Analysis: Reducing Bears Ears could cause a political headache for Rep. Mia Love

U.S. Rep. Mia Love, who faces re-election next year, is on the opposite side from most of her constituents on whether GOP President Donald Trump should reduce the size of the newly-created Bears Ears National Monument and the 20-year-old Grand Staircase/Escalante National Monument, a new poll shows.

Love favors reduction or repeal of either or both monuments, most of her voters do not, a new Dan Jones & Associates poll finds.

Love represents the 4th District, which consists, generally, of the west/central part of Salt Lake County (south of Salt Lake City), the westside of Utah County, and parts of several smaller south/central counties.

While certainly Republican in voting, the 4th District historically has been more moderate on public lands issues (many of its residents recreate on those lands) than the state’s three other U.S. House districts. The 4th District does not include either of the monuments.

In a new survey, Jones finds that by 53-43 percent 4th District residents OPPOSE GOP President Donald Trump reducing the size of the Bears Ears.

By an even larger 57-39 percent, Love’s constituents oppose Trump reducing the size of the Staircase.

Should Trump do either, it could prove politically hazardous for Love to support him in doing so.

Her trouble is, she has already done that.

When Democratic President Barack Obama created Bears Ears last December, Love reacted swiftly with some harsh words for the president:

“By unilaterally designating the Bears Ears area of San Juan County a national monument, President Obama has undermined the economy and lifestyle of the people who live there, the religious interests of the Native Americans who reside in San Juan County, and ignored local


“Again behaving more like a dictator instead of a representative of people, he ignored Utah, which is united in opposition to this action.”

She went on to seemingly pledge to work to overturn that monument’s creation:

“I join our delegation, state officials and the people of Utah in the pledge to use every tool in our arsenal to undo what he (Obama) has done, and restore the blessings of freedom he wants so badly to remove from us in his final days.”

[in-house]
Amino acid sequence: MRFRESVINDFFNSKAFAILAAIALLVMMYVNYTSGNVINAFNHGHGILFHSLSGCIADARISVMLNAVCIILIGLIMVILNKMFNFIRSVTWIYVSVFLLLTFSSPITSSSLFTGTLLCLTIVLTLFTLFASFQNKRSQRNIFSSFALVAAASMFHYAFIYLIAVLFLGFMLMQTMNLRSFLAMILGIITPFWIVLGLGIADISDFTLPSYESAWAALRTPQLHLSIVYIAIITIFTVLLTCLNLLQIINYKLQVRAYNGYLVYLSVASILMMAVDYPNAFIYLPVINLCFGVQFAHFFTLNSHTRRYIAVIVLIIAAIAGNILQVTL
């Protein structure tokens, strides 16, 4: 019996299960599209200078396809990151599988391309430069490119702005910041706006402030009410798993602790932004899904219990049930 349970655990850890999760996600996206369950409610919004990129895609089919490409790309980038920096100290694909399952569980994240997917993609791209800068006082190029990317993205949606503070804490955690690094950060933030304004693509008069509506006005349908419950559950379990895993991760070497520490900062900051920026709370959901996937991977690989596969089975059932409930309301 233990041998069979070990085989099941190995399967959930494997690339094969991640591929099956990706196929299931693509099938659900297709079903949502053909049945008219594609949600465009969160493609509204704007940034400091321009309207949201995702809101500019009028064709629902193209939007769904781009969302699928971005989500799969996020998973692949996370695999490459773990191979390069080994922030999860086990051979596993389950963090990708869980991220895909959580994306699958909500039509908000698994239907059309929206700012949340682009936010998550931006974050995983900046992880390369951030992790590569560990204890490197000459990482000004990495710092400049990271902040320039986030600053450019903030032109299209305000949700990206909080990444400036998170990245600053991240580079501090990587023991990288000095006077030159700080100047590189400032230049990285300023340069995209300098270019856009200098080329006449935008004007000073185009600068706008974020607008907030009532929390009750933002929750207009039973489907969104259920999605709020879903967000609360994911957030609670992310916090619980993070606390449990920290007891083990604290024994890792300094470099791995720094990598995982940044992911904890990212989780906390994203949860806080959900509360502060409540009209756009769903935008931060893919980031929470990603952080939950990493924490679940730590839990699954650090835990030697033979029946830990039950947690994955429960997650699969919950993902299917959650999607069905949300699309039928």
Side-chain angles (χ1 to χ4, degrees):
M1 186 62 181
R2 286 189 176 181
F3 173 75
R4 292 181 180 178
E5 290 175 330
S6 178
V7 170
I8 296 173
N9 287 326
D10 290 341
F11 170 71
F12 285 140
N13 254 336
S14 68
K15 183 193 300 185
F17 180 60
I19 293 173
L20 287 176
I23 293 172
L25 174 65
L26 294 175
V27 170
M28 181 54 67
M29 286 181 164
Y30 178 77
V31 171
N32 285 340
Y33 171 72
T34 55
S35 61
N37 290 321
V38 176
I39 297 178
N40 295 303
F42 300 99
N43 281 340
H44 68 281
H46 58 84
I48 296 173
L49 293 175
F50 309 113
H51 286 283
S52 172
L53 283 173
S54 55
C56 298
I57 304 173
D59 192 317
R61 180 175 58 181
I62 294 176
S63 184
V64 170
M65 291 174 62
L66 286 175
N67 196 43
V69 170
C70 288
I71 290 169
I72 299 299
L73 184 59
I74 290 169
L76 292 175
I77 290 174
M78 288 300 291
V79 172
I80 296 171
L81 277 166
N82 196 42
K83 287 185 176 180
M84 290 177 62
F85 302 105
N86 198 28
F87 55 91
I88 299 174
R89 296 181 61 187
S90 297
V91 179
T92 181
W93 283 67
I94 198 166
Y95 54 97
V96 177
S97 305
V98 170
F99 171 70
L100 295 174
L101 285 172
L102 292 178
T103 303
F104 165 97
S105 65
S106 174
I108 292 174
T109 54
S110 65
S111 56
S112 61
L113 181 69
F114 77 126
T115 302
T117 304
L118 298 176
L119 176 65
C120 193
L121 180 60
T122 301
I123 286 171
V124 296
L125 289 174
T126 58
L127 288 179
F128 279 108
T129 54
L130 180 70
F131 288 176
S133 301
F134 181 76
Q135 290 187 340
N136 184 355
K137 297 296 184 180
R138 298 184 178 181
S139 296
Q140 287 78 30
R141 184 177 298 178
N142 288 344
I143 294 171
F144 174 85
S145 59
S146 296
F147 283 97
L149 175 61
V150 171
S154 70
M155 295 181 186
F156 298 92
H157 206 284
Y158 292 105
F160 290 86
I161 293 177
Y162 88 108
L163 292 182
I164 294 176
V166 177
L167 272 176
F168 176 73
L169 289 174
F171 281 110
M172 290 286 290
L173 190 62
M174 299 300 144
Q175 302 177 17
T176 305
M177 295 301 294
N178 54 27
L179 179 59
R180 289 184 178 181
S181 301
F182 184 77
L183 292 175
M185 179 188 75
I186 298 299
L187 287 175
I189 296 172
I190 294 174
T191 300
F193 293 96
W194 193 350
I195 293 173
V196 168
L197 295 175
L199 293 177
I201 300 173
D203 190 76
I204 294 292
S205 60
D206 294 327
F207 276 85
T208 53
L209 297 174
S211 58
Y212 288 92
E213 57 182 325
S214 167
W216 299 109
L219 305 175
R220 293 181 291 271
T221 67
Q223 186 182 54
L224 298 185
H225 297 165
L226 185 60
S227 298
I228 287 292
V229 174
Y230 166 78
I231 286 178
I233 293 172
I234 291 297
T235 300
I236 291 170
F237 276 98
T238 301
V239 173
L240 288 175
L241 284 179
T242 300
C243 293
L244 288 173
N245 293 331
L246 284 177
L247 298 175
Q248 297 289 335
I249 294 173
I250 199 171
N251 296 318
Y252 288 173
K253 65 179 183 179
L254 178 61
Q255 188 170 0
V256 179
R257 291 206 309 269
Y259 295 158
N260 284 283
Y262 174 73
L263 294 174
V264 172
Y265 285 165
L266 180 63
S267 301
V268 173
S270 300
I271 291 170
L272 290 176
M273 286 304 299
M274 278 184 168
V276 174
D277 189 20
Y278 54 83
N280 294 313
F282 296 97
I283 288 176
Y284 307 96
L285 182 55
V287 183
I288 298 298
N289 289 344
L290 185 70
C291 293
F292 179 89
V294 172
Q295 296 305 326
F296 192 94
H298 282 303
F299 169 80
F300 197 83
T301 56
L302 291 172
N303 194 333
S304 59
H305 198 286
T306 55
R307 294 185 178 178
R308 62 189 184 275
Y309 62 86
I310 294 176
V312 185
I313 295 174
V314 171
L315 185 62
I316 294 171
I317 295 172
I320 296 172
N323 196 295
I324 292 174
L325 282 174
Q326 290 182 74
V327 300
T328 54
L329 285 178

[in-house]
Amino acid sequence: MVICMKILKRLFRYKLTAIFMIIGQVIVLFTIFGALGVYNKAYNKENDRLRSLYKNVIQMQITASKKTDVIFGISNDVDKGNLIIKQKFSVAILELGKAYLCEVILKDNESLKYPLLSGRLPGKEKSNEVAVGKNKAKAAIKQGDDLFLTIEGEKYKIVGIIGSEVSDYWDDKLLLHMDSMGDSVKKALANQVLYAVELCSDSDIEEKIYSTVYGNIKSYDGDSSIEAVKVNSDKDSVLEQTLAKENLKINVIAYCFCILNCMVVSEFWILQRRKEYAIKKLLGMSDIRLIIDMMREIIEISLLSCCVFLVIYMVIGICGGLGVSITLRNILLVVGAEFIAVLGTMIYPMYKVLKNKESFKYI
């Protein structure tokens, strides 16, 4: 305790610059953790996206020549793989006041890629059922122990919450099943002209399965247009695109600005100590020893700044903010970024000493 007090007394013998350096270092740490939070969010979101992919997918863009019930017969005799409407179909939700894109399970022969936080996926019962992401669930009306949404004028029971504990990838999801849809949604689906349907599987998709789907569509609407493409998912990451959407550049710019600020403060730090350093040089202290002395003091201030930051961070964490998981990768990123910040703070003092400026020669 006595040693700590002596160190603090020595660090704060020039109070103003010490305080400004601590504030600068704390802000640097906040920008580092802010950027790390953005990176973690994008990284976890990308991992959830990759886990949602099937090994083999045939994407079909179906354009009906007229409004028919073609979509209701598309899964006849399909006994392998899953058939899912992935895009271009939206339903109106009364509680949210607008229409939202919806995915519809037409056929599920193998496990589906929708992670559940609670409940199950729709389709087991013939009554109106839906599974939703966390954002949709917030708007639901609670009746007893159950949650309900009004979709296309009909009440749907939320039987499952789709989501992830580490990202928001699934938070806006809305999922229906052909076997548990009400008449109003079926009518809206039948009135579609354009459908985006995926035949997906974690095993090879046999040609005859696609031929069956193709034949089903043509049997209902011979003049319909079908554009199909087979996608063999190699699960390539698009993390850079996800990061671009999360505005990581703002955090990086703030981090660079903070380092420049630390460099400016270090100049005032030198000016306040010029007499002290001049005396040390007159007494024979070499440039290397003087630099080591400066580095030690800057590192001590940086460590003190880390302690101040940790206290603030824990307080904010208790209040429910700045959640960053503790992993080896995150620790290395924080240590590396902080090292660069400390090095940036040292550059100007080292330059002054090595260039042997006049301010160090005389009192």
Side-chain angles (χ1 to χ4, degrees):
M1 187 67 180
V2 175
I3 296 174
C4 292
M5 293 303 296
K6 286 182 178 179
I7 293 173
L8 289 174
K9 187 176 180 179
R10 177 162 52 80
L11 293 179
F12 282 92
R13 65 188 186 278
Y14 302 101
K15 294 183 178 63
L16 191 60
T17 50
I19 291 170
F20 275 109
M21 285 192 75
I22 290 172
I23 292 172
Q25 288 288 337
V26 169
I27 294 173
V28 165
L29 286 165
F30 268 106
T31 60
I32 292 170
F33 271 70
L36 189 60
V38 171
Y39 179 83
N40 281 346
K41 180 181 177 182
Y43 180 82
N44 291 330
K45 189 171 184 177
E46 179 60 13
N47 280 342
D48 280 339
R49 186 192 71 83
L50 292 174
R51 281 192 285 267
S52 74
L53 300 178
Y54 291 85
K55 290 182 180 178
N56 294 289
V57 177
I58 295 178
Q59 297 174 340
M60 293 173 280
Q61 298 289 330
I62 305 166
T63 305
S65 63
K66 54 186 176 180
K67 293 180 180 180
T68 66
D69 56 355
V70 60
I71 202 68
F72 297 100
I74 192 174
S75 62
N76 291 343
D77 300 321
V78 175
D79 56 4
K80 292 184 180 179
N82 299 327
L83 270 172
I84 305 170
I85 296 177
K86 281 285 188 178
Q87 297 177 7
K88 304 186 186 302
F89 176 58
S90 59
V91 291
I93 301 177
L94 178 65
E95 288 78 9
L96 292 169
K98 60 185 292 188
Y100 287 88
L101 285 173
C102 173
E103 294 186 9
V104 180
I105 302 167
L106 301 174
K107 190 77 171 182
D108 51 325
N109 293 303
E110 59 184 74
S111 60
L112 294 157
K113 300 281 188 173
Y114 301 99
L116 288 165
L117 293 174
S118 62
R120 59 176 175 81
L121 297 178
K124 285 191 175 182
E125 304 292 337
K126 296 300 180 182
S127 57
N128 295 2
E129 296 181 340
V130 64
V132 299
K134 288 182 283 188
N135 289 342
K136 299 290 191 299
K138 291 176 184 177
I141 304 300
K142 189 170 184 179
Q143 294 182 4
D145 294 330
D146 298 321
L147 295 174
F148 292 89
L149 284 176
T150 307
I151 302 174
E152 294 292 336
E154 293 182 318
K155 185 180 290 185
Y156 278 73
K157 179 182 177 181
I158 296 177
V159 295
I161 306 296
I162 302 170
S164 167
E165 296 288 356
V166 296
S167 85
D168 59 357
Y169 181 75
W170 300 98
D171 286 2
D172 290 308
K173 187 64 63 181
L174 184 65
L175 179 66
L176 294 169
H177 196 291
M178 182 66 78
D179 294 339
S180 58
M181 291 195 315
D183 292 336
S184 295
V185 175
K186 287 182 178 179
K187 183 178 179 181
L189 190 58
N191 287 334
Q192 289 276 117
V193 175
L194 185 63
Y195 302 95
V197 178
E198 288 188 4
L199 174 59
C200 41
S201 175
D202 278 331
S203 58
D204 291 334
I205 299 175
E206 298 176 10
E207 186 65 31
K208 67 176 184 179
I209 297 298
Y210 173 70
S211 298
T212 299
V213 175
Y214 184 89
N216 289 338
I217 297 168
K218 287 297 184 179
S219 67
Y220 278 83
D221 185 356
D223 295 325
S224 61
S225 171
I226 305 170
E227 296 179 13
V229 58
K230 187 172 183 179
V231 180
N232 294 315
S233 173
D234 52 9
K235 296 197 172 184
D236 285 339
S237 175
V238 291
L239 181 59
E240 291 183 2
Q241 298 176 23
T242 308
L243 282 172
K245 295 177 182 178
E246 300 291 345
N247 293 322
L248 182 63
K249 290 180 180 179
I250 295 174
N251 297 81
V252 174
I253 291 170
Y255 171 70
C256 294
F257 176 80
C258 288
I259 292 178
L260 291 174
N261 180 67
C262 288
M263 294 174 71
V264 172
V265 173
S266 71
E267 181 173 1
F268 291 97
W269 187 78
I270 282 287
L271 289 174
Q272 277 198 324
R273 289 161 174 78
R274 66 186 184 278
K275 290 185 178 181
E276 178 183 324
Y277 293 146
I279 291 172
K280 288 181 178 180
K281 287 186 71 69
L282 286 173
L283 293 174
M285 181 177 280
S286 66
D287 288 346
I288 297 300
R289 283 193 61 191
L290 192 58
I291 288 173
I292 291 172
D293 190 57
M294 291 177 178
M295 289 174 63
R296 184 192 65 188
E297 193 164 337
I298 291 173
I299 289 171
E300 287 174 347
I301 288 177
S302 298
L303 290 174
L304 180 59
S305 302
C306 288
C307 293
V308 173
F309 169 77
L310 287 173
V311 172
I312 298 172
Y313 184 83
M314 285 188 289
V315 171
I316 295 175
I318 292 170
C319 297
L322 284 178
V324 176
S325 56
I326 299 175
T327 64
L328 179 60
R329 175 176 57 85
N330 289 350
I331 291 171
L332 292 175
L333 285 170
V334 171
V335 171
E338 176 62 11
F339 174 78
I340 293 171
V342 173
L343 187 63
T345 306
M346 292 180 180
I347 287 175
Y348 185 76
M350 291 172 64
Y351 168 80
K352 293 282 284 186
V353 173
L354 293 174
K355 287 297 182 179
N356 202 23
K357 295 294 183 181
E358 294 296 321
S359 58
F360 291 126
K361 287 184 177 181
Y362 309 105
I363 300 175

In a KSL TV story, she called for outright repeal of Bears Ears.

That is not where most of her constituents are today, Jones finds, at least on creation of the Bears Ears’ 1.3-million-acremonument.

In 2016, Love beat Democrat Doug Owens, 53.8 percent to 41.3 percent, with other candidates picking up the rest of the ballot.

She beat Owens in all four counties that make up the 4th District – even taking the Salt Lake County portion of the district, 114,981 to Owens’ 104,722.

In that election, Salt Lake County’s portion of the whole district made up 84 percent of the vote – so clearly she can’t ignore Salt Lakers’ opinions on Bears Ears and the Staircase.

Jones finds that in all of Salt Lake County, citizens oppose reducing Bears Ears, 57-39 percent; and oppose reducing the Staircase, 61-37 percent.

Those county numbers include liberal Salt Lake City folks’ views on the two monuments – and the city is not in the 4thDistrict.

Still, you see the trend – Salt Lake County is basically against reducing the size of either monument, and Love’s district is a big part of the county’s voters.

Back in the day, two former GOP U.S. House members who represented big slices of Salt Lake County – Enid Greene and Merrill Cook – often differed from the rest of the Republican congressional delegation on public land issues.

But so far, Love has walked lock-step with her delegation Republicans – even signing a delegation letter sent to Trump asking him to repeal Bears Ears, much less reduce its size – which is what a majority of her constituents oppose.

Asked for a comment on the new poll – and given the results – Love declined to address the issue of being on the wrong side of most of her voters.

Instead, through a spokesman, she said: “As I’ve pointed out in the past, Bears Ears and Grand Staircase/Escalante Monuments are both examples of shocking executive overreach and abuse of the Antiquities Act.

“The divisive situation we find ourselves in now could have been avoided if, from the start, Utahns had been involved in the decision making regarding these monuments.”

Statewide, Jones polled 608 adults from Aug. 30 to Sept. 5. That sample has a margin of error of plus or minus 3.97 percent.

Just in the 4th District, Jones polled 141 adults, the margin of error plus or minus 8.35 percent.